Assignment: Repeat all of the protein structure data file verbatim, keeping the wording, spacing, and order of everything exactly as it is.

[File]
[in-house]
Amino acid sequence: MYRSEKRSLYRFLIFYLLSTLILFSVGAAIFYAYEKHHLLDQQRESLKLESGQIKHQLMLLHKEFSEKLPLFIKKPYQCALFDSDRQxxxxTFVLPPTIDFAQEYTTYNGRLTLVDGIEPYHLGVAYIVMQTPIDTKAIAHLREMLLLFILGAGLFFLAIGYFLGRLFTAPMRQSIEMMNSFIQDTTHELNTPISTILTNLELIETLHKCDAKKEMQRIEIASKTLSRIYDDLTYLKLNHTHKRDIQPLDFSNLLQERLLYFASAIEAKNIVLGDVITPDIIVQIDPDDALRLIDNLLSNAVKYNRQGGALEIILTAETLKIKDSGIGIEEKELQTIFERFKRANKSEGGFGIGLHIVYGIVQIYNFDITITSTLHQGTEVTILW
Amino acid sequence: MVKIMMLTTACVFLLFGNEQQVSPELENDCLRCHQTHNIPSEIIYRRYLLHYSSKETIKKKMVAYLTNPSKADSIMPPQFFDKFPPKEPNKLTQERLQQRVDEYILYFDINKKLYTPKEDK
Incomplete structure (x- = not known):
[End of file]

[in-house]
Amino acid sequence: MYRSEKRSLYRFLIFYLLSTLILFSVGAAIFYAYEKHHLLDQQRESLKLESGQIKHQLMLLHKEFSEKLPLFIKKPYQCALFDSDRQxxxxTFVLPPTIDFAQEYTTYNGRLTLVDGIEPYHLGVAYIVMQTPIDTKAIAHLREMLLLFILGAGLFFLAIGYFLGRLFTAPMRQSIEMMNSFIQDTTHELNTPISTILTNLELIETLHKCDAKKEMQRIEIASKTLSRIYDDLTYLKLNHTHKRDIQPLDFSNLLQERLLYFASAIEAKNIVLGDVITPDIIVQIDPDDALRLIDNLLSNAVKYNRQGGALEIILTAETLKIKDSGIGIEEKELQTIFERFKRANKSEGGFGIGLHIVYGIVQIYNFDITITSTLHQGTEVTILW
Amino acid sequence: MVKIMMLTTACVFLLFGNEQQVSPELENDCLRCHQTHNIPSEIIYRRYLLHYSSKETIKKKMVAYLTNPSKADSIMPPQFFDKFPPKEPNKLTQERLQQRVDEYILYFDINKKLYTPKEDK
Incomplete structure (x- = not known):